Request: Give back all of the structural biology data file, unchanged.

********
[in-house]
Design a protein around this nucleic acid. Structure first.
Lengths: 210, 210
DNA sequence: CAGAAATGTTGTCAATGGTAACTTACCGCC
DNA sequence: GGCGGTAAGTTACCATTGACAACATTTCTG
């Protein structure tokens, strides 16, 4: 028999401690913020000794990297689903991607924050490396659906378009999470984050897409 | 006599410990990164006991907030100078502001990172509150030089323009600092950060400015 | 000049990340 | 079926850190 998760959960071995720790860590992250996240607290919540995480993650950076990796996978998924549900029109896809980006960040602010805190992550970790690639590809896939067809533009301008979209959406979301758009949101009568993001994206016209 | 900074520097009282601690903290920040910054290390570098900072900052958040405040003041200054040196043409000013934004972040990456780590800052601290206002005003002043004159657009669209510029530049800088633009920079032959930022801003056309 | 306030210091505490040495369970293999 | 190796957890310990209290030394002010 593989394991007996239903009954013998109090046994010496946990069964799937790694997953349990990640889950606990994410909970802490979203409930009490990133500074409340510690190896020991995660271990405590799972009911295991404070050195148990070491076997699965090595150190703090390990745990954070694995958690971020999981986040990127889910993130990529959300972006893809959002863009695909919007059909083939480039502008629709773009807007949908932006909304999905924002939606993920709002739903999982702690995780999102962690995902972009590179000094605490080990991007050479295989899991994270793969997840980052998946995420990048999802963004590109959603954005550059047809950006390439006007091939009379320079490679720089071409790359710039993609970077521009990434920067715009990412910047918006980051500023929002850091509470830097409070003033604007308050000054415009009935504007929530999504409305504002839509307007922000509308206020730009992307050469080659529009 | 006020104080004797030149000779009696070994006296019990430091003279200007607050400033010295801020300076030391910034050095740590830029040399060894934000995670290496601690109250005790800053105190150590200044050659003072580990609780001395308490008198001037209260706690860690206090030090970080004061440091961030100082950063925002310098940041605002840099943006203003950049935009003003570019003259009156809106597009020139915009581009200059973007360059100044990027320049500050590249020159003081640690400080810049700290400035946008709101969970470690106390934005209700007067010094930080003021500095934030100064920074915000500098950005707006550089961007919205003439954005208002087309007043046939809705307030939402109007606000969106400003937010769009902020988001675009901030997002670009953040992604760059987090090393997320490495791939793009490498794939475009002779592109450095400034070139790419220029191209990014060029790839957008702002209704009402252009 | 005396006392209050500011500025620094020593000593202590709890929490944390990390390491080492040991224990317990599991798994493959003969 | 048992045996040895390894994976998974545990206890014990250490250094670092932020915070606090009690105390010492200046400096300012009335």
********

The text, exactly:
[in-house]
Design a protein around this nucleic acid. Structure first.
Lengths: 210, 210
DNA sequence: CAGAAATGTTGTCAATGGTAACTTACCGCC
DNA sequence: GGCGGTAAGTTACCATTGACAACATTTCTG
């Protein structure tokens, strides 16, 4: 028999401690913020000794990297689903991607924050490396659906378009999470984050897409 | 006599410990990164006991907030100078502001990172509150030089323009600092950060400015 | 000049990340 | 079926850190 998760959960071995720790860590992250996240607290919540995480993650950076990796996978998924549900029109896809980006960040602010805190992550970790690639590809896939067809533009301008979209959406979301758009949101009568993001994206016209 | 900074520097009282601690903290920040910054290390570098900072900052958040405040003041200054040196043409000013934004972040990456780590800052601290206002005003002043004159657009669209510029530049800088633009920079032959930022801003056309 | 306030210091505490040495369970293999 | 190796957890310990209290030394002010 593989394991007996239903009954013998109090046994010496946990069964799937790694997953349990990640889950606990994410909970802490979203409930009490990133500074409340510690190896020991995660271990405590799972009911295991404070050195148990070491076997699965090595150190703090390990745990954070694995958690971020999981986040990127889910993130990529959300972006893809959002863009695909919007059909083939480039502008629709773009807007949908932006909304999905924002939606993920709002739903999982702690995780999102962690995902972009590179000094605490080990991007050479295989899991994270793969997840980052998946995420990048999802963004590109959603954005550059047809950006390439006007091939009379320079490679720089071409790359710039993609970077521009990434920067715009990412910047918006980051500023929002850091509470830097409070003033604007308050000054415009009935504007929530999504409305504002839509307007922000509308206020730009992307050469080659529009 | 006020104080004797030149000779009696070994006296019990430091003279200007607050400033010295801020300076030391910034050095740590830029040399060894934000995670290496601690109250005790800053105190150590200044050659003072580990609780001395308490008198001037209260706690860690206090030090970080004061440091961030100082950063925002310098940041605002840099943006203003950049935009003003570019003259009156809106597009020139915009581009200059973007360059100044990027320049500050590249020159003081640690400080810049700290400035946008709101969970470690106390934005209700007067010094930080003021500095934030100064920074915000500098950005707006550089961007919205003439954005208002087309007043046939809705307030939402109007606000969106400003937010769009902020988001675009901030997002670009953040992604760059987090090393997320490495791939793009490498794939475009002779592109450095400034070139790419220029191209990014060029790839957008702002209704009402252009 | 005396006392209050500011500025620094020593000593202590709890929490944390990390390491080492040991224990317990599991798994493959003969 | 048992045996040895390894994976998974545990206890014990250490250094670092932020915070606090009690105390010492200046400096300012009335």